Democratic presidential candidate Hillary Clinton takes a question during a town hall campaign event Sunday in Derry, N.H. (Steven Senne/ AP)

DES MOINES, Iowa -- Hillary Clinton released details of a new proposal Tuesday to increase early screening, treatment and funding for autism research, and focus greater attention on services for the estimated more than 3 million people with some form of the disability.

The proposal is one of several in recent weeks -- including a plan to dramatically increase funding for Alzheimer's research -- that have been focused on health issues. Like Alzheimer's disease, autism can be a costly, complex diagnosis that affects families struggling to provide care and navigate insurance, social services and other systems.

Autism, which has large and sometimes competing advocacy groups, is increasingly also a political issue, as advocates ask candidates to address controversies over the cause and prevalence of autism and its practical consequences in education, social services and the workplace. Some people contend that there is a link between autism and childhood vaccinations, but that possibility has been thoroughly debunked by scientific research.

"It's so hard," Clinton said of the "emotional, physical, and financial burden" of caring for those with Alzheimer's or autism. "I want to help families do the work they are already doing, but is so difficult."

"A  lot of those families are just at their wits end trying to figure out how to get services how to get the insurance companies to pay for those services," she said of those dealing with autism.

She spoke at a town hall-style event in Sioux City later Tuesday.

Ari Ne’eman, president of the Autistic Self Advocacy Network, said he welcomes Clinton's plan, especially its focus on solving problems faced by adults with autism.

Those with autism are less concerned on a daily basis with research on its cause, and more concerned with questions such as "can I get and hold a job," Ne'eman said during a conference call arranged by the Clinton campaign. His organization does not make political endorsements.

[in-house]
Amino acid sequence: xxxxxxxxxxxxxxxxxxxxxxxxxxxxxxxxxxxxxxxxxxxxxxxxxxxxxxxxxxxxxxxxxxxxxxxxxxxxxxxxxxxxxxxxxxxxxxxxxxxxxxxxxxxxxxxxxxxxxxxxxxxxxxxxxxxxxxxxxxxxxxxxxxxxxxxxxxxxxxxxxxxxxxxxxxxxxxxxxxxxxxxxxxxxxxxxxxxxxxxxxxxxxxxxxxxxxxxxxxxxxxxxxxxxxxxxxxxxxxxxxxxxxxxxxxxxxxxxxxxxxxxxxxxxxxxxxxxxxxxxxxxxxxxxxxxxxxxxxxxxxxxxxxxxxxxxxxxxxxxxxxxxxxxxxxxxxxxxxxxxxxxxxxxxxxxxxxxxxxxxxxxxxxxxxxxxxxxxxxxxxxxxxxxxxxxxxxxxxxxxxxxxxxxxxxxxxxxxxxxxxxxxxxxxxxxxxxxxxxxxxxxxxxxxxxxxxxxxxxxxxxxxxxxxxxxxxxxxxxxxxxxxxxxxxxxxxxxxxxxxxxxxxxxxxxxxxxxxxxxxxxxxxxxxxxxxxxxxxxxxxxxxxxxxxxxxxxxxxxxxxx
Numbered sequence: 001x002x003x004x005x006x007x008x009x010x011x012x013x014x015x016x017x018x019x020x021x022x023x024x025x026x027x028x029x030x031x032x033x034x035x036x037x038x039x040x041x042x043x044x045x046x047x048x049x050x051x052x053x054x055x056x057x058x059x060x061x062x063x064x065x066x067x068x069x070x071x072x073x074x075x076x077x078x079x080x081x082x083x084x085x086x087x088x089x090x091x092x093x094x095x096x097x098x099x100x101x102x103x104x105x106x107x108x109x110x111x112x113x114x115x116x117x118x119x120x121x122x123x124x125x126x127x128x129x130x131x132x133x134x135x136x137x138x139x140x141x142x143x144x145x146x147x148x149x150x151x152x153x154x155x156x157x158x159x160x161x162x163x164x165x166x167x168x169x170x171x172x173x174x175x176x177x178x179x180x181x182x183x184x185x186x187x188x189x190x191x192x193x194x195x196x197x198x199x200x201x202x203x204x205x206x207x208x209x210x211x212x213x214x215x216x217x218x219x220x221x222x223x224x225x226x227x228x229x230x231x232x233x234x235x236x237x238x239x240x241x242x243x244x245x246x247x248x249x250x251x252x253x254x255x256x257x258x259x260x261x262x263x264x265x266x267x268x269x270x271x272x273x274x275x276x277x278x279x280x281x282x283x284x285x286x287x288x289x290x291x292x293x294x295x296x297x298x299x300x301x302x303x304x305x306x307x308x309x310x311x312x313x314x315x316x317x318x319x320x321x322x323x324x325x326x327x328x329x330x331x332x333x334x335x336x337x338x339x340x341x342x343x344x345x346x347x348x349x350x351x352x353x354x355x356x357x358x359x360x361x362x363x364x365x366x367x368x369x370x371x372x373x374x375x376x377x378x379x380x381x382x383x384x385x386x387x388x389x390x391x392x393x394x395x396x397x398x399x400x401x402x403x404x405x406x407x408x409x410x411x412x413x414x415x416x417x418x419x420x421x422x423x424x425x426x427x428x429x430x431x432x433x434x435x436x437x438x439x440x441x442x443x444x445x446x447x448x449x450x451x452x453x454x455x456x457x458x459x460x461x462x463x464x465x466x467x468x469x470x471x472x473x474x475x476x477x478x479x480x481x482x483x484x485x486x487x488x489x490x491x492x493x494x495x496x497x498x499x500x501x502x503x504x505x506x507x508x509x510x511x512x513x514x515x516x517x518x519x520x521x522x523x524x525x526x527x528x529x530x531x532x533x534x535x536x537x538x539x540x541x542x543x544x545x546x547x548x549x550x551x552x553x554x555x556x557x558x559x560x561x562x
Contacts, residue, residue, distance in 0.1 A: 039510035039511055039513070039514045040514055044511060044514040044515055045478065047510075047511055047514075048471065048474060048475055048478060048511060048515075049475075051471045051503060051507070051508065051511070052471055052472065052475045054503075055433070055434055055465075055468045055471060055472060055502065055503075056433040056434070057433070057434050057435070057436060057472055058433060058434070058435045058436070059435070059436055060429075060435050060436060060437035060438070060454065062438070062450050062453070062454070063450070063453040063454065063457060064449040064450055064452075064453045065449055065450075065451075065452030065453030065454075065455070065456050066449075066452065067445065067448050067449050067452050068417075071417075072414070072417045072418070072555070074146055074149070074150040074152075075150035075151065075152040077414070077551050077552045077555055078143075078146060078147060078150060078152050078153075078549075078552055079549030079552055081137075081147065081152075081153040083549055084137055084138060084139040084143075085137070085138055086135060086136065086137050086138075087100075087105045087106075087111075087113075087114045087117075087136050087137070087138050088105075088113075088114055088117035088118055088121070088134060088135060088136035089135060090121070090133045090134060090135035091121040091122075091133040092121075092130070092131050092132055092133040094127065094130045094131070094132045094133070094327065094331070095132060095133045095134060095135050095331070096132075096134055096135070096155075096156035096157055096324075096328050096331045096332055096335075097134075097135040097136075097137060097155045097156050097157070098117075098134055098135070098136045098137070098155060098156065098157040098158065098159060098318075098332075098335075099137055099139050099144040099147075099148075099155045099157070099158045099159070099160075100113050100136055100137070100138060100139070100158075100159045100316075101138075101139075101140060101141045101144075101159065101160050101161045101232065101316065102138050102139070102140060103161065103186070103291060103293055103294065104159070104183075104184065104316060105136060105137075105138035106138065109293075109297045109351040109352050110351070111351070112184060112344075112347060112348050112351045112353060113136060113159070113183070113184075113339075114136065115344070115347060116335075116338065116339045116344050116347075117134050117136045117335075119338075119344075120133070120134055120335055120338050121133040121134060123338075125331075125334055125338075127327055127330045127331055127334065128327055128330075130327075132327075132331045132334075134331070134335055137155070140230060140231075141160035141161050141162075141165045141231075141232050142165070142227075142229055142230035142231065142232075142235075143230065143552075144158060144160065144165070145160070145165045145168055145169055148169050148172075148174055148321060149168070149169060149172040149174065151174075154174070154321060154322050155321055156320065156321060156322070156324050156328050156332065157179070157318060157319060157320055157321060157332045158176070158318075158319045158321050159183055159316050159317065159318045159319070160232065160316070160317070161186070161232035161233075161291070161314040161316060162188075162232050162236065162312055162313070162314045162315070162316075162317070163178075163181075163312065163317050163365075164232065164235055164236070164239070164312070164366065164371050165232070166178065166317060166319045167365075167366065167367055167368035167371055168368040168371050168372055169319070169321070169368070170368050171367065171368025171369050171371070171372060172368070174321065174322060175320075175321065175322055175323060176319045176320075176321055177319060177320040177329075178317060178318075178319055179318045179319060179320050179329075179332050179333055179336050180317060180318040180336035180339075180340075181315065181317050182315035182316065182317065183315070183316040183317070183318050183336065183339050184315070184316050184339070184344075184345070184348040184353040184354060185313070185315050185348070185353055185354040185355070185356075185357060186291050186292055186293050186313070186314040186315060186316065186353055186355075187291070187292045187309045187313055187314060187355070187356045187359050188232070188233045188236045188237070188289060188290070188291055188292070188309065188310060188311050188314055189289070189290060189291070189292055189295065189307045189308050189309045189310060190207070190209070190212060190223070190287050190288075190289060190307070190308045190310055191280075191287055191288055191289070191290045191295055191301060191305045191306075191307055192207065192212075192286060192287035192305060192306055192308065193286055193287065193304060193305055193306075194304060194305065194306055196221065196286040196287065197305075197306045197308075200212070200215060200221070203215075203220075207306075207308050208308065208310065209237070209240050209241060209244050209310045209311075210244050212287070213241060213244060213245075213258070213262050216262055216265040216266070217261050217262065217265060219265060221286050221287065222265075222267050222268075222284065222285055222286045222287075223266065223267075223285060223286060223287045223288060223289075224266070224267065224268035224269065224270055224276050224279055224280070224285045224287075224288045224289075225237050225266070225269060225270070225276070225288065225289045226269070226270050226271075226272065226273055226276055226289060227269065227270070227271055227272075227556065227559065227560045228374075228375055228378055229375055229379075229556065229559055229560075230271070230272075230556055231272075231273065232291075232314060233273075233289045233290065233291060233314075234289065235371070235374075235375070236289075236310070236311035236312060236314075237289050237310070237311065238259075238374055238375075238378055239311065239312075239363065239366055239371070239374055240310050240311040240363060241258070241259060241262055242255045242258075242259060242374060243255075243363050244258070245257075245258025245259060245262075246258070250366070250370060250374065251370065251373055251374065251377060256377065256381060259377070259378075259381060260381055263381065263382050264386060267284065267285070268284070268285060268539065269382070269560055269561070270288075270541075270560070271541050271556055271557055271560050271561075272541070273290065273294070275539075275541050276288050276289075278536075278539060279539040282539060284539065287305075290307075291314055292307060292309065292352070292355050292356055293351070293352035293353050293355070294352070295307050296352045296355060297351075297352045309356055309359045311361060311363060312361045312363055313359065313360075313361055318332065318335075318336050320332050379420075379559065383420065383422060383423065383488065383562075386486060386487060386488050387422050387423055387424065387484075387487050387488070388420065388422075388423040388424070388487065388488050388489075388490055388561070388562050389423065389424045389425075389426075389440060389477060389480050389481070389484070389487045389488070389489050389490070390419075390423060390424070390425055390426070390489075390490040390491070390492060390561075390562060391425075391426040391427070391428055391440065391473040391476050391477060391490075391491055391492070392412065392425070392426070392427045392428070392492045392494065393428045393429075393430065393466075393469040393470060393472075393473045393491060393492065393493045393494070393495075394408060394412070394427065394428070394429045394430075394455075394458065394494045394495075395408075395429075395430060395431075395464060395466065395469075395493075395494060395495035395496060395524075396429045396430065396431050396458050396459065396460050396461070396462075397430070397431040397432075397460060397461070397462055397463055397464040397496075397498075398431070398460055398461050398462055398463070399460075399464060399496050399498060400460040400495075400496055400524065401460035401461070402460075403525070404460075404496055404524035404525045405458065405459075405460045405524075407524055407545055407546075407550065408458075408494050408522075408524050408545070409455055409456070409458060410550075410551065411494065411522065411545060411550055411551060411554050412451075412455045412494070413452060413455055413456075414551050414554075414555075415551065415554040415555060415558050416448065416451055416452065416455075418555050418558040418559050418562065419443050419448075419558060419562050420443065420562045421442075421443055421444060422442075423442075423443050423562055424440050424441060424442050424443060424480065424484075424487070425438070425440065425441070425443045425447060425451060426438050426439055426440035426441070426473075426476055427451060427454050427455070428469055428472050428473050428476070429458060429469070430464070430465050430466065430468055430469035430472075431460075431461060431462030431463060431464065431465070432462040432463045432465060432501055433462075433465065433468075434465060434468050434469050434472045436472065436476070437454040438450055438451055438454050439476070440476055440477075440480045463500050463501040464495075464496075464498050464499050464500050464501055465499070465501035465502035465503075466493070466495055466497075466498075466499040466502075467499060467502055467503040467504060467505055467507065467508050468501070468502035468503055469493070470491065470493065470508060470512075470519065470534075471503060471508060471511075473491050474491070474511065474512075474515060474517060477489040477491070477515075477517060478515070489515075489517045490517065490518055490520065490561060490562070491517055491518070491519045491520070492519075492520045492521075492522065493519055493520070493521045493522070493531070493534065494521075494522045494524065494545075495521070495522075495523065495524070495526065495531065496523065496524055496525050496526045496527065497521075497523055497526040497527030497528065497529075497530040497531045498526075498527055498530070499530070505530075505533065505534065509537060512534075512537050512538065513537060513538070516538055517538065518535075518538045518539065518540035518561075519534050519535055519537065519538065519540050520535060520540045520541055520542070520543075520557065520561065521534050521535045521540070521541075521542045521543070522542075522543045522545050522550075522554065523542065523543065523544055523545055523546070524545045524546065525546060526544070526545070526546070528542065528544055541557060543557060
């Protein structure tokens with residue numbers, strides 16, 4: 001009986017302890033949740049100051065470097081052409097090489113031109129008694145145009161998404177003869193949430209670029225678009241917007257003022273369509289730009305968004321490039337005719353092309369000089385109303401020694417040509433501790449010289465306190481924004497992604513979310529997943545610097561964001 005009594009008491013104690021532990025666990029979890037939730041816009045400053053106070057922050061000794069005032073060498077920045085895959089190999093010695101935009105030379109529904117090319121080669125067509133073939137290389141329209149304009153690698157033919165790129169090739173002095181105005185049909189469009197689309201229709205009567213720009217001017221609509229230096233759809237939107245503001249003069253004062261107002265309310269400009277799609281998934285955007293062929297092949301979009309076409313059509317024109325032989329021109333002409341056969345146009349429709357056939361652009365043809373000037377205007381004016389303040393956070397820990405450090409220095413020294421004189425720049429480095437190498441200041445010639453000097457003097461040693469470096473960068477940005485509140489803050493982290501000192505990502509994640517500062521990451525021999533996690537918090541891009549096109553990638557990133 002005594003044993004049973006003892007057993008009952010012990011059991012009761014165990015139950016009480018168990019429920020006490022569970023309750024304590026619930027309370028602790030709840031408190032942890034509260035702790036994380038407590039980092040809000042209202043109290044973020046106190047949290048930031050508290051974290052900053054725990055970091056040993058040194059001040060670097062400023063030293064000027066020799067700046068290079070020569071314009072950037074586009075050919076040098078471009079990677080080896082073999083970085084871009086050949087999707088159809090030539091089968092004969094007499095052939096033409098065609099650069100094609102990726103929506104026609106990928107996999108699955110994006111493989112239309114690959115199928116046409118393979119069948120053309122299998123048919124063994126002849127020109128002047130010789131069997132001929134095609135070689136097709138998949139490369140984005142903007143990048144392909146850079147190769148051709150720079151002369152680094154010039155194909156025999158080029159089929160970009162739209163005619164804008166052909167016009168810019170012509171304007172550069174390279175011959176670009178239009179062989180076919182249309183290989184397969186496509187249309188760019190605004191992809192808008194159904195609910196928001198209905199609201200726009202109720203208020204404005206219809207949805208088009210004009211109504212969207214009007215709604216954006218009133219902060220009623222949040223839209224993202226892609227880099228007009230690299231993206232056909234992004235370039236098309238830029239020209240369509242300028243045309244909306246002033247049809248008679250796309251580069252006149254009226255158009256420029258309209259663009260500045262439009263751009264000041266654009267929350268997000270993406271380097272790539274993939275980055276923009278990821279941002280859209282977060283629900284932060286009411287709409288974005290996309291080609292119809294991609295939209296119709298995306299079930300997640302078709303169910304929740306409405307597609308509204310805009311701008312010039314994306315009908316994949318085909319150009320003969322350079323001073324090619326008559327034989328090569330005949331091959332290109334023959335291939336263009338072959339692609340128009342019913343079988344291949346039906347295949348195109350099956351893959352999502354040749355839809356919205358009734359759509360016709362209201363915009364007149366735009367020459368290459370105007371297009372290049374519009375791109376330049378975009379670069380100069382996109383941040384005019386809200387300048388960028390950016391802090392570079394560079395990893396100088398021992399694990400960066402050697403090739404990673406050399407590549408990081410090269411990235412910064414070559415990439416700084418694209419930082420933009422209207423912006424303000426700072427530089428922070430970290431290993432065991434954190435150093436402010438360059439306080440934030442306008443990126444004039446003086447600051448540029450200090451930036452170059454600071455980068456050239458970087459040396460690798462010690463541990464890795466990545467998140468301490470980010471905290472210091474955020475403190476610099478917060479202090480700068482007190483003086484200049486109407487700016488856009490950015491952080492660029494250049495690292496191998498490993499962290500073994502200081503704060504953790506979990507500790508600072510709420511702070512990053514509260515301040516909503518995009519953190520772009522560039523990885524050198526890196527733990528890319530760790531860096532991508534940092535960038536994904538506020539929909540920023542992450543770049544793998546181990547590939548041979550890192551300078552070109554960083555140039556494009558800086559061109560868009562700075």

Two major advocacy groups for people with autism praised Clinton for raising the issue during the campaign and urged other presidential candidates to do the same.

“We commend the [Clinton] campaign because it’s putting an issue on the table that has not been talked about” by others seeking the nomination, said Scott Badesch, president and CEO of the Autism Society of America. Badesch said Clinton’s campaign consulted his organization in preparing the policies released Tuesday.

Autism Speaks, the world’s largest advocacy group for people on the autism spectrum, released a statement that also called for greater discussion of the issue by candidates. “A national plan should be built around enhanced state and federal advocacy, groundbreaking advances in science and research, and a full discussion of” housing, transition and employment needs of people with autism, the statement said.

Autism is now considered a spectrum of brain disorders characterized by difficulties in verbal and nonverbal communication and social interaction, as well as repetitive behaviors.  Children with the most extreme forms are withdrawn, speak little and avoid eye contact. Milder forms, such as Asperger's syndrome, are now included along the autism spectrum. In the past, children with Asperger's, for example, might have been considered abnormal but not truly plagued by a disorder.

In 2014, the Centers for Disease Control and Prevention reported that one in 68 U.S. children has autism, a 30 percent increase over the agency’s estimate just two years earlier. Estimates of adults with autism are much more difficult to come by.

Badesch said he was especially gratified that Clinton called for enacting laws that ban the use of certain kinds of restraints in schools, which, he said, are still used on children with autism and other disabilities. He also cited her plan to beef up programs that help transition students with autism into employment and her proposal to determine the prevalence of autism among adults, as well as their needs.

Not included in the Clinton proposal, he said, is a needed plan to fix the problem of people with autism who lose their benefits and join long waiting lists for services when they move from one state to another.

Clinton would, according to the proposal, push states to require insurance companies to cover behavioral and developmental autism services.

The plan also calls for a "nationwide early screening outreach campaign" to diagnose the disorder earlier in children. And it addresses a slew of other issues, including bullying and mistreatment at schools, transitional programs for adults with autism and enforcing mental health parity.

On Sunday, in response to a question from the mother of a teenager with autism, Clinton noted that the increase in the number of children diagnosed with autism is a problem that should be taken seriously.

I think we have to take seriously what seems to be an increasing diagnosis of autism," Clinton said at a Derry, N.H. town hall meeting. "And we have to do much more research about what is causing it. We’ve got to do what we can to prevent it. And then when it is diagnosed, intensive treatment … that can really help that person be as successful as possible."

Abby Phillip contributed to this report from Manchester, N.H.